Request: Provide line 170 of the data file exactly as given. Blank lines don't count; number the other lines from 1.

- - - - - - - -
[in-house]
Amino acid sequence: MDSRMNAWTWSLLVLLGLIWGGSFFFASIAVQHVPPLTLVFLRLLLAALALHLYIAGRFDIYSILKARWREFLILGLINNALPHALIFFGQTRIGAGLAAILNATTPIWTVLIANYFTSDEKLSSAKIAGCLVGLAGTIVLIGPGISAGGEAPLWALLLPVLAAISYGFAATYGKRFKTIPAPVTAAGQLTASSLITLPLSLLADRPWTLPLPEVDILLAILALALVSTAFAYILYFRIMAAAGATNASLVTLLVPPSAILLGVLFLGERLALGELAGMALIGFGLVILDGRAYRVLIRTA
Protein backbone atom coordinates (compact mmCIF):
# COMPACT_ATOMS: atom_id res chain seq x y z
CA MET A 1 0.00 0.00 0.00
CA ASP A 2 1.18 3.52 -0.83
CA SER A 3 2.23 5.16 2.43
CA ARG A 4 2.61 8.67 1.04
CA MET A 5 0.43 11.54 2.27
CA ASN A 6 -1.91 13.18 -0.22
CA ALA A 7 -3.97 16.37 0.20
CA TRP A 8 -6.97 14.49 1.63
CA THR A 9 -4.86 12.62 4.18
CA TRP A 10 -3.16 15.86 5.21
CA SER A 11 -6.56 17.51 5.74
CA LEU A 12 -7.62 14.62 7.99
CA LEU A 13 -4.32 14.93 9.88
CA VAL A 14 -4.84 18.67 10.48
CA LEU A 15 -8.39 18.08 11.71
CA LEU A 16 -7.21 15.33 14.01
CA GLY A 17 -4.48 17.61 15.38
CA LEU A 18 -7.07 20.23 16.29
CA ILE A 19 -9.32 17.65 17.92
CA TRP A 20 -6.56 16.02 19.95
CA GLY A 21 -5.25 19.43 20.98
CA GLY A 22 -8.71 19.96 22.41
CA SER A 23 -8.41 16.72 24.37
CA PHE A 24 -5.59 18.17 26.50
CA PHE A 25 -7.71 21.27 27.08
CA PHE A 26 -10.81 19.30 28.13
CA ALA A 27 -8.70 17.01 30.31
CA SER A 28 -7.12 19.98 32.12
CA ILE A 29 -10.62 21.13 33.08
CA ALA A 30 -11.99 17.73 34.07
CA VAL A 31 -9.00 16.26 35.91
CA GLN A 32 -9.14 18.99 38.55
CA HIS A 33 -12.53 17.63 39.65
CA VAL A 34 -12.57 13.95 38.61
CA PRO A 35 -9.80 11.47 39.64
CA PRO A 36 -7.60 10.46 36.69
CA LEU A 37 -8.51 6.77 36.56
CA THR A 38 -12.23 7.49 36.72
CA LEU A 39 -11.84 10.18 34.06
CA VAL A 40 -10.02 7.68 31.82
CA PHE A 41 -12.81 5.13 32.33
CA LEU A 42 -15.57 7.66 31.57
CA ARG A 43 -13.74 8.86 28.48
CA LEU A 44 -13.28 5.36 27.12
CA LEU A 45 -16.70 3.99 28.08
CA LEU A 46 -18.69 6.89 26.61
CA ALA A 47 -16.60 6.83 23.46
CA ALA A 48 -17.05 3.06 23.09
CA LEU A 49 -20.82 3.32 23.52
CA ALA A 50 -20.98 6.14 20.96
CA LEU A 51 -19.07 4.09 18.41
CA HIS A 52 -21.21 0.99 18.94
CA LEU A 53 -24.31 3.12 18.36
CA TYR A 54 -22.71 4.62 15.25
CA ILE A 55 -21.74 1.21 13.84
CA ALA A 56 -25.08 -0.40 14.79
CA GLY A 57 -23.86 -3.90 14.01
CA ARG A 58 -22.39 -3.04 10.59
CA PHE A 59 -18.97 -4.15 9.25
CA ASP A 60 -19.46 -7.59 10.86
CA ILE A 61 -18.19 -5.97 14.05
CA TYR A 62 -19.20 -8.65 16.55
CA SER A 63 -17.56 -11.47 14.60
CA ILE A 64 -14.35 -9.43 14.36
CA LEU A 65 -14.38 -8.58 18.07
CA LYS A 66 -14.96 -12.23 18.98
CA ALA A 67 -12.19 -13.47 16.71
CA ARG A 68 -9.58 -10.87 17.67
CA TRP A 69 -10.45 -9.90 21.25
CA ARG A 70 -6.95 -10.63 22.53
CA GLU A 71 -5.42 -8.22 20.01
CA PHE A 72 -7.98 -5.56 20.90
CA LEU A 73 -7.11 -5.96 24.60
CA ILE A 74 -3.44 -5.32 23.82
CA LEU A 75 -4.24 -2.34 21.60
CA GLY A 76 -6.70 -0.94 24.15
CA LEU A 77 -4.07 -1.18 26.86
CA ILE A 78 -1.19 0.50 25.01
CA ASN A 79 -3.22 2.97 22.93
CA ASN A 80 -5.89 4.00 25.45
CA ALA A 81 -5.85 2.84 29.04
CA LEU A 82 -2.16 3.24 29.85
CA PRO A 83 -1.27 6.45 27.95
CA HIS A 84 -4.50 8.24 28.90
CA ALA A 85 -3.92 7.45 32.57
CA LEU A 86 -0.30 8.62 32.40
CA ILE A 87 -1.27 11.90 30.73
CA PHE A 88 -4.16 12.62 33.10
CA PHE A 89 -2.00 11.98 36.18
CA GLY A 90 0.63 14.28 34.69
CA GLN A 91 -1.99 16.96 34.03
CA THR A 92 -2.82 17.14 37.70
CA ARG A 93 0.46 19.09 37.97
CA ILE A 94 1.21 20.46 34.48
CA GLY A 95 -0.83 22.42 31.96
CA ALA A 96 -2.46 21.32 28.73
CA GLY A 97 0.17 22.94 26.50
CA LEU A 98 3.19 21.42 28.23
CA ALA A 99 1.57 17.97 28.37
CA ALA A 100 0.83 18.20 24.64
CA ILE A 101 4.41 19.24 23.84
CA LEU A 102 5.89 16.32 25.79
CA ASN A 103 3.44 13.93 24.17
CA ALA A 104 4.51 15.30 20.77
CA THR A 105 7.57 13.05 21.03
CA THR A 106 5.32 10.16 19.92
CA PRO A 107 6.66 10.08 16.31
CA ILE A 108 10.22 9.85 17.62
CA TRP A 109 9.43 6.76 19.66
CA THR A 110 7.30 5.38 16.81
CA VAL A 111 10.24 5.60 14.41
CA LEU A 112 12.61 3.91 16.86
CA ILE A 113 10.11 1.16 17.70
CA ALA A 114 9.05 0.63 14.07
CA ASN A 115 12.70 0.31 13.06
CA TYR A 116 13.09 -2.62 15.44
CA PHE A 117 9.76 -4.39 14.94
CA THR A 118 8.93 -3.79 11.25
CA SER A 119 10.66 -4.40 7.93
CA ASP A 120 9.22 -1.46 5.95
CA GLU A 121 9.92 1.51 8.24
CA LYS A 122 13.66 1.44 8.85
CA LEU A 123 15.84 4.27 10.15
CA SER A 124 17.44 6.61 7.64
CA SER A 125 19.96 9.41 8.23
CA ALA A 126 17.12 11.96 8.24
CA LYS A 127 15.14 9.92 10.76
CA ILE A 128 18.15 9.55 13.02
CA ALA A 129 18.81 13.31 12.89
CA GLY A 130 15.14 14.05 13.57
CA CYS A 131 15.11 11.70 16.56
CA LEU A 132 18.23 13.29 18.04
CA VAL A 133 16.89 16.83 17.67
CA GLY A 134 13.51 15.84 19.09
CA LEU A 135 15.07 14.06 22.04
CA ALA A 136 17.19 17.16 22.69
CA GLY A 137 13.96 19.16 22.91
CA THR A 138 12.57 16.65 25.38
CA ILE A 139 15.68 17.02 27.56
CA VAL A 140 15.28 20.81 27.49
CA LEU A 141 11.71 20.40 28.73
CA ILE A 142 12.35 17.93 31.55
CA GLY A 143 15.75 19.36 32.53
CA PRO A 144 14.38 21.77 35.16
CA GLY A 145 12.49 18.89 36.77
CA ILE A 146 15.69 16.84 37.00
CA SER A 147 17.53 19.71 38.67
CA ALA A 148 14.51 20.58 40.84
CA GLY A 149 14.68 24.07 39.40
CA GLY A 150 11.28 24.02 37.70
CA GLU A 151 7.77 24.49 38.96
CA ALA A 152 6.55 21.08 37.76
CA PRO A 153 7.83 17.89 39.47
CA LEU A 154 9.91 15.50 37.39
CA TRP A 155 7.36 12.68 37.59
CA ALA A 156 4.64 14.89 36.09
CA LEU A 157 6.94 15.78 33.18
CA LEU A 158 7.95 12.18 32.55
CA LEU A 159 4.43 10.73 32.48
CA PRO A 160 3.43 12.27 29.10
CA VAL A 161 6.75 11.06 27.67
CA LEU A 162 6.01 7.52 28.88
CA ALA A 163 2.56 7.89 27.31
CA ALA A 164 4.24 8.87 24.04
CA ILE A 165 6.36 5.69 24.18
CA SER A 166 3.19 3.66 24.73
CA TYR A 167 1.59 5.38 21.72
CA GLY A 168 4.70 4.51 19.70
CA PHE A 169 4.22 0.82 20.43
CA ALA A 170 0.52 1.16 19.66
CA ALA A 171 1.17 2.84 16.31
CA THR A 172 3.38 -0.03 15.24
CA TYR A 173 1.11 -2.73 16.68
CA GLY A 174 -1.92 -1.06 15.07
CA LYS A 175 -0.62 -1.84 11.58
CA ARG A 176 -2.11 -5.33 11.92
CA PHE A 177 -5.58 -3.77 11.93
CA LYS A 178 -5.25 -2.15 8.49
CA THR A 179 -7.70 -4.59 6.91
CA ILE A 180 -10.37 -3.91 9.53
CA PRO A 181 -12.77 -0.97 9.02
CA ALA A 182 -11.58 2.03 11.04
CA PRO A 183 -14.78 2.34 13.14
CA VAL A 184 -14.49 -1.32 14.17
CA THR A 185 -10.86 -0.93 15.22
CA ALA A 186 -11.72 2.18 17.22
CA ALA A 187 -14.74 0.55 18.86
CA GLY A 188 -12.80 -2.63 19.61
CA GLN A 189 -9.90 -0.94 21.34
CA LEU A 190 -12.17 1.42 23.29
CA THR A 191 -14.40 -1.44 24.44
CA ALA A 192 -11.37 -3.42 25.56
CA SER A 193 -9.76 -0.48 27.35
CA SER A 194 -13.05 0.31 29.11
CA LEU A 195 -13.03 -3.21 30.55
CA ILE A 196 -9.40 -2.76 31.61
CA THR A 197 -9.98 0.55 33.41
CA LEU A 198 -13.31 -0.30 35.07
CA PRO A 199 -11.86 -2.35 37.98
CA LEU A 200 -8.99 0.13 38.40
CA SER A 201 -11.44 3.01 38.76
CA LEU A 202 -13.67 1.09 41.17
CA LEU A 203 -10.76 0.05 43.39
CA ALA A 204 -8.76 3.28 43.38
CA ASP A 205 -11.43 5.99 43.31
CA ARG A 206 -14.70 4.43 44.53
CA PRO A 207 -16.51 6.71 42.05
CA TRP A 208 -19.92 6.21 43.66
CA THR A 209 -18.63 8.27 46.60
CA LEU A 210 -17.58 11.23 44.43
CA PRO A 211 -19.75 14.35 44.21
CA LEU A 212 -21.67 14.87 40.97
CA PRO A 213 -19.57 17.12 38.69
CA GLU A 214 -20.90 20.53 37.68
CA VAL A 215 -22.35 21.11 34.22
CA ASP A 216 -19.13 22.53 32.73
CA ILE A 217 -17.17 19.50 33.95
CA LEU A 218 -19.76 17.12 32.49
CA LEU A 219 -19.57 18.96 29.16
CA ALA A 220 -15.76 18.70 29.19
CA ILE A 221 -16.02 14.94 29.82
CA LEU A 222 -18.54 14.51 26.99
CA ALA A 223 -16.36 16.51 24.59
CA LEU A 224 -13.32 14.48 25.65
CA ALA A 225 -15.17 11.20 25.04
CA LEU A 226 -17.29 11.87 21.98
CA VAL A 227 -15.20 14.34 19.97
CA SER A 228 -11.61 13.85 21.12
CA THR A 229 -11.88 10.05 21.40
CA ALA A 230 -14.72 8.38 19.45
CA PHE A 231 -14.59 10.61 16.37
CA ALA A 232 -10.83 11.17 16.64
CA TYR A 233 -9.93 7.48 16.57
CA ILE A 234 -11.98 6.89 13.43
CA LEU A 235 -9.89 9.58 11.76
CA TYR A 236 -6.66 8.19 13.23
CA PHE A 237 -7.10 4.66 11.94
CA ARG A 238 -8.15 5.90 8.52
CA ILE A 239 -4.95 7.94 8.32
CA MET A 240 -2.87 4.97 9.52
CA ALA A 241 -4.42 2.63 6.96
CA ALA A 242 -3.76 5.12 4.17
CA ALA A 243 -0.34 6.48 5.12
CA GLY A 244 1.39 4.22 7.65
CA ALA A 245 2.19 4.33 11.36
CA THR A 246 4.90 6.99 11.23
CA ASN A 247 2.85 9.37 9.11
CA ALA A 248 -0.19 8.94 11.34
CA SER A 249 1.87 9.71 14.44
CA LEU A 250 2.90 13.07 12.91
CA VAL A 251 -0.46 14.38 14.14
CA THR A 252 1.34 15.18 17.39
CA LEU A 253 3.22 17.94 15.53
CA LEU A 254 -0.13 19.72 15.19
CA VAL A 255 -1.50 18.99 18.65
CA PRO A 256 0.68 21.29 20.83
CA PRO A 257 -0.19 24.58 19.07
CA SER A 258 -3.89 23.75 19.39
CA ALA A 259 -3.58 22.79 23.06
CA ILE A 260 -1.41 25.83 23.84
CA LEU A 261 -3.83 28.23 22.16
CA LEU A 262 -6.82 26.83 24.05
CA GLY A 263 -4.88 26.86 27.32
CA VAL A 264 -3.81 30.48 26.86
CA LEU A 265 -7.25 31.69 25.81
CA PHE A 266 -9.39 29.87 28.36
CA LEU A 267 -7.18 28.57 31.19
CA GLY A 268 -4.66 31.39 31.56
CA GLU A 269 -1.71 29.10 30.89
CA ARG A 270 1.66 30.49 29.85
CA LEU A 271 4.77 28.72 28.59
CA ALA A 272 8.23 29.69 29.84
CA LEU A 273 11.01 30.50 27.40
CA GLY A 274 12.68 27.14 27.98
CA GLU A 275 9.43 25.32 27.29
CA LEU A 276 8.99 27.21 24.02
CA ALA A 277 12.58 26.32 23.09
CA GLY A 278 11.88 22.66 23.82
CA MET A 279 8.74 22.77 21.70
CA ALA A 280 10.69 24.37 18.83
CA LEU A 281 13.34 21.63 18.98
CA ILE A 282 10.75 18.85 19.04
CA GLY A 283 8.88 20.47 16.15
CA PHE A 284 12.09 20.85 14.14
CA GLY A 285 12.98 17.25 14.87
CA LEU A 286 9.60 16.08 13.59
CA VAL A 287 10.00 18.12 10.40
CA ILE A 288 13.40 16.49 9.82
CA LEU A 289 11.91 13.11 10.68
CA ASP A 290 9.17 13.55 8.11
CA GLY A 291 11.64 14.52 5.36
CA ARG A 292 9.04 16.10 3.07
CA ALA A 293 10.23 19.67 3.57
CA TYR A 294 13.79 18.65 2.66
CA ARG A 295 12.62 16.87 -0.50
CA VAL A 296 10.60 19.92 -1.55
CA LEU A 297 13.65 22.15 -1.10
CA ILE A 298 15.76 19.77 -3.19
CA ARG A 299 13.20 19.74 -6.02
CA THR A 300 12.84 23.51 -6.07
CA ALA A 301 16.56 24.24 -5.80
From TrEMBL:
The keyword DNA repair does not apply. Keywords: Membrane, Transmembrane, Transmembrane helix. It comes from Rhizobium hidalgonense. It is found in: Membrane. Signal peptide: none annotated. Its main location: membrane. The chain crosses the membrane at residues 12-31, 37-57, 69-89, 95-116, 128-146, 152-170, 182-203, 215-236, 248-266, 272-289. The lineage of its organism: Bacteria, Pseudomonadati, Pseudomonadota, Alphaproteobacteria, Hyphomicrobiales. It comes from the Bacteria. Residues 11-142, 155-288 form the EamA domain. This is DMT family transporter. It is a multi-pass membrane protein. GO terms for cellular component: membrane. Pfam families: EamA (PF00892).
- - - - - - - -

CA SER A 166 3.19 3.66 24.73